|offering ritual||Tib: mchod-pa|
|offerings of absorbed concentration||Tib: ting-nge-'dzin-gyi mchod-pa|
|offerings of samadhi|
See: spiritual offspring
An adjective referring to (1) the period of the first transmission of the Dharma from India to Tibet, (2) the Nyingma traditions of Tibetan Buddhism founded during this period, (3) a text translated during this period.
See: Old Translation
See: omniscient awareness
|omniscient awareness||Tib: kun-mkhyen|
See: cognitive open space
|open space division|
The division of treasure texts, deriving from the oral teachings of the translator Vairochana, that emphasizes the cognitive open space aspect of pure awareness as the basis for all. Often referred to by the transliterated Tibetan "longdey."
A ceremony during which a spiritual teacher reads aloud or recites from memory, without any mistakes, a Buddhist text or mantra to disciples who listen attentively. The teacher needs to have heard, himself or herself, the words of the text or mantra recited faultlessly by his or her own teacher, who likewise heard it in this manner in an unbroken lineage tracing back to Buddha or to the author of the text. The ceremony insures the accurate transmission of the words, although neither the teacher reciting them nor the disciple hearing them need to understand their meaning.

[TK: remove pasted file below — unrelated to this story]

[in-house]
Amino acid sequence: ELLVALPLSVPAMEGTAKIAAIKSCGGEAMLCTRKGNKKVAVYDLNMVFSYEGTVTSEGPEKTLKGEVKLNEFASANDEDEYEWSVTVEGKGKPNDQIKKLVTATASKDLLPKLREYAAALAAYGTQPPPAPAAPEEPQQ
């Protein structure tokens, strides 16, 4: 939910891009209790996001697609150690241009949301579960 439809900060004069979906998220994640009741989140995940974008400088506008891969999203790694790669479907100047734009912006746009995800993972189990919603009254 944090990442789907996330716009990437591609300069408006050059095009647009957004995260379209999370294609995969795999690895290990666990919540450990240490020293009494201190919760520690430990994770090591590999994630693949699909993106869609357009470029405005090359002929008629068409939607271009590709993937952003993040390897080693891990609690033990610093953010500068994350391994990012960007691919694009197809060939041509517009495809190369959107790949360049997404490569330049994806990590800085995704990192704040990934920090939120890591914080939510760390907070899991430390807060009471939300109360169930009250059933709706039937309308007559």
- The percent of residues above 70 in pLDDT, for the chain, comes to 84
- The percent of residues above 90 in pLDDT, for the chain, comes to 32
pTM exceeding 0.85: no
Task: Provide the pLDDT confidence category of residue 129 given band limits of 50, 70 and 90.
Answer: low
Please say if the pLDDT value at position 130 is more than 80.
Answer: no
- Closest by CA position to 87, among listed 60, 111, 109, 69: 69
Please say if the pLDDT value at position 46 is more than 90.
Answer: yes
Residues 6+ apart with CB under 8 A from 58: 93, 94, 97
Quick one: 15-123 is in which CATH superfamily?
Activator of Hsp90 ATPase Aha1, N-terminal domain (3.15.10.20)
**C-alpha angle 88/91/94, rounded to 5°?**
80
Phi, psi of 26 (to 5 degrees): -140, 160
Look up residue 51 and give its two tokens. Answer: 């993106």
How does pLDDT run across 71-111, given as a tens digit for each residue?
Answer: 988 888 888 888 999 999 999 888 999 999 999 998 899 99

|ordinary being||Tib: so-so'i skye-bo|
The emotional ups and downs of overexcitement and depression in response to the eight transitory things in life: praise or criticism, good or bad news, gains or losses, things going well or poorly.
|Tib: tha-mal 'du-'dzi|
See: dependent phenomenon
A round, flat-bottomed bowl, held bottom side up, with three mounds of grain, placed one atop the other on its surface and contained within progressively smaller concentric metal rings, and crowned with an ornamental diadem. It is used as an offering to a spiritual master in request for a teaching, the conferring of a set of vows, and for the conferring of a tantric empowerment. It is also used as an offering of appreciation at the conclusion of these three occasions. It is also offered 100,000 times as a preliminary practice for building up positive force for success in the practice of tantra.
|Tib: phyi'i dkyil-'khor|
|outer offerings||Tib: phyi'i mchod-pa|
A way of regarding and understanding objects, for instance as "me" and "mine."
See: extreme outlook
|outlook of holding deluded morality or conduct as supreme|
See: dominating condition
See: dominating result
See: dominating result
|own face||Tib: rang-ngo|